As for the nanoparticles- they don't deny the people a possible treatment!
Yes, it is iron, but it is in a form that's not to be found in the body-nano particles are not quite the same as a normal elements. So, it's in no way clear what would happen if they get in our body in great numbers. I wrote already an article on that in After the Pink Goat. There was a problem in a meat factory from pulverising swine brain that the workers inhaled. And guess what, though normal swine brain isn't toxic to our body, since the body has a mechanism to keep the pathogens out of it-but that way doesn't work for nanoparticles, since they get directly into the blood and cells. So, workers had many problems that were directly connected with their work-some of them couldn't even stand on their feet!

So, bottom line, 1) the treatment isn't ready yet, since it's one to know the principle, and another, to make it doable, practical and safe. There are many questions that are unclear-how to direct the nanoparticles, where to take them, how to bond in a best way with the cancer cells, what to do once they are there-burn, let out a medicament, emit something.Yes, it's clear you can do all of those, but which one would work best and be safest? And also it is not known how to make them get out of the body once they're done.

2) Testing has a sense-it might sound like a great treatment, but if you don't test it properly and you apply the treatment to ALL cancer sick people that qualify and then 80% of them die from it, even though many of them could have lived if treated in another way, that sounds to me like a crime against humanity.
It's easy for you, from home, to say it's bureaucracy to do testing, but as a matter of fact, the responsibility if for the scientists and approval authorities to make sure they are safe. Because if it turns out it's not, guess who'd be guilty. Well, obviously not FDA since that's the most corrupted organisation ever and it already obtained a law that limited its responsibility (and that of the companies-producers), so it won't be them. But the scientists that said it's safe would be guilty, they would have killed all those people with their irresponsibility. Not to mention that in case something goes wrong, science would be in a very nasty place in popular mind.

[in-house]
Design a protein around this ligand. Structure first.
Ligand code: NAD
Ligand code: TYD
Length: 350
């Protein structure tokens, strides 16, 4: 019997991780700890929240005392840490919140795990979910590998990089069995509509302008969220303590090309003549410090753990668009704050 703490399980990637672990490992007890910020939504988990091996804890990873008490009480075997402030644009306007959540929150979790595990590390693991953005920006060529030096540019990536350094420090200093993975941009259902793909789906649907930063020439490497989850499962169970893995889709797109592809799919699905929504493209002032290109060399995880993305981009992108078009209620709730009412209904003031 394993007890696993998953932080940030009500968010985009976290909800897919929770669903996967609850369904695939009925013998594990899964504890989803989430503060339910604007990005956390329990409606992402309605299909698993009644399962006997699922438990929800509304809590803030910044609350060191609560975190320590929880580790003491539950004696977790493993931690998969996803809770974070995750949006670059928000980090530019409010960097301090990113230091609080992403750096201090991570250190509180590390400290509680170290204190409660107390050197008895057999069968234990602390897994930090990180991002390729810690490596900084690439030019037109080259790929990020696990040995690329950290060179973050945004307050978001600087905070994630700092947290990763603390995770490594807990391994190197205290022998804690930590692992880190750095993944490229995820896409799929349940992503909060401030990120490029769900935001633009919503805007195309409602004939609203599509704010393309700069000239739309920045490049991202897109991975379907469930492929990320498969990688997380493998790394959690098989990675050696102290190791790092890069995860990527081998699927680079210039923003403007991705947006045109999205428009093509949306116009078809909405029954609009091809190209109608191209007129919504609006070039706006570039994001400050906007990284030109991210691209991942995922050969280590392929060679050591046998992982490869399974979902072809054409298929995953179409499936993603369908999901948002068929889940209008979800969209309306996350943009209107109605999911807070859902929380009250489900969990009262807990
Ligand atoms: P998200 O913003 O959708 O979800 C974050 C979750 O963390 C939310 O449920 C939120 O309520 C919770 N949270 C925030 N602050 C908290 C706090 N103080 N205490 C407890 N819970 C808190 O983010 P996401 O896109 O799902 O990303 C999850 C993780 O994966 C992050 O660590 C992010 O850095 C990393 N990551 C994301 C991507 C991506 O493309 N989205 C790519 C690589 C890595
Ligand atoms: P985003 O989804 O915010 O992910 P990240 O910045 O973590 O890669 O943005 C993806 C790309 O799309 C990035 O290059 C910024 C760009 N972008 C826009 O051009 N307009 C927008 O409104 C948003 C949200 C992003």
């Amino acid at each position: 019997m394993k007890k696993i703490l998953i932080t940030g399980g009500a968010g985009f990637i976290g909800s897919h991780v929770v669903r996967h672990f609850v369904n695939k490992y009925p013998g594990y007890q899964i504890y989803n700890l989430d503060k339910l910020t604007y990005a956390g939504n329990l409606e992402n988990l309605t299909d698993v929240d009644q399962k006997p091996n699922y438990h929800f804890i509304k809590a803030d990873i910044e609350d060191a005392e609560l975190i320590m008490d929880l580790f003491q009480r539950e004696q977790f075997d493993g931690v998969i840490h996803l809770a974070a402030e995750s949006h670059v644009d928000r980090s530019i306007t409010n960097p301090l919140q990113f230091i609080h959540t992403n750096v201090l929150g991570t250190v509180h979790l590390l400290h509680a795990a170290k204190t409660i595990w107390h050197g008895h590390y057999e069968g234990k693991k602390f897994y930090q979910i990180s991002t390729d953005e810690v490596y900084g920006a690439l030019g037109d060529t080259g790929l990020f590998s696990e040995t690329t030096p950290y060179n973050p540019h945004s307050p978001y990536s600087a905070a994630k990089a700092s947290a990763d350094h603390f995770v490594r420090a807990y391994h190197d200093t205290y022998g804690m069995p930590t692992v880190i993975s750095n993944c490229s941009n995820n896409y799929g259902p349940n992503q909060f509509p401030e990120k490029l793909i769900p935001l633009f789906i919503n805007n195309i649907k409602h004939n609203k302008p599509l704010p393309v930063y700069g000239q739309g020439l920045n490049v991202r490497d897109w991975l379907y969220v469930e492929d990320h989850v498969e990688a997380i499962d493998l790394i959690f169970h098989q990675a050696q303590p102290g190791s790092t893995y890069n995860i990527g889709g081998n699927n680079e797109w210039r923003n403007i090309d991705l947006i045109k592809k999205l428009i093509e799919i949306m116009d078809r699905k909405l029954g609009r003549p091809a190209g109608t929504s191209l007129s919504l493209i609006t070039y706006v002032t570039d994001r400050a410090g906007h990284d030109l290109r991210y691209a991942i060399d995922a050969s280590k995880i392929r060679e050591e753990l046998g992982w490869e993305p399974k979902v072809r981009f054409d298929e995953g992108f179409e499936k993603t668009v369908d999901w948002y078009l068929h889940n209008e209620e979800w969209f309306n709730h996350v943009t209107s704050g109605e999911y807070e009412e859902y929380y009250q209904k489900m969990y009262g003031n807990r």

That's a lot of responsibility!

The Pagan Temple said...

Oh come on Dani, I wasn't talking about testing anybody that has cancer, I'm talking about people that are already on their death beds, who have a very limited time left to live, and whom no other known or available treatment will help.

The whole idea behind testing is that it hasn't been proven yet. The test subjects would have to know that going into it, and would have to willingly sign papers to that affect.

Letting them die without giving them that one shot-now THAT would be a crime against humanity, in more ways than one. Not only are you depriving those individuals of a potential cure, but you are holding back the prospect of proving that it is safe for general use-or not.

Denitsa said...

First, I'm Deni, not Dani :) Deni comes from Denitsa, Dani comes from Daniela for example.

And second-well, what you're saying depends from the right of Euthanasia and Suicide. Because strictly speaking allowing someone to take a treatment with questionable safety could be dangerous for the doctor/scientist. It's obvious that you can make such decision for yourself, but your relatives can always call it assisted-suicide and sue the guy that injected you with the stuff. And since the patient is already death, it would be hard to prove, he was informed, he was sane, he understood what was being done to him and agreed.

I'm just randomising, I guess they do that with patients in lethal phase but again under strict rules. I'm not good at ethics, so I have no idea what they are or should be. If you ask me, under informed agreement, you should be allowed to do with your body whatever you like.

But from scientific point of view, dying patients in final stage are not the perfect patients, since the body tends to kill itself in random patterns once the moment comes. Thus, you can't be sure what exactly are the results from your experiment.

Anyway, I'm sure that they are either doing already tests with such patients or simply the article isn't realistic and there are problems they are not mentioning. Because you know, theory is good, but doing it in reality requires much more luck and effort.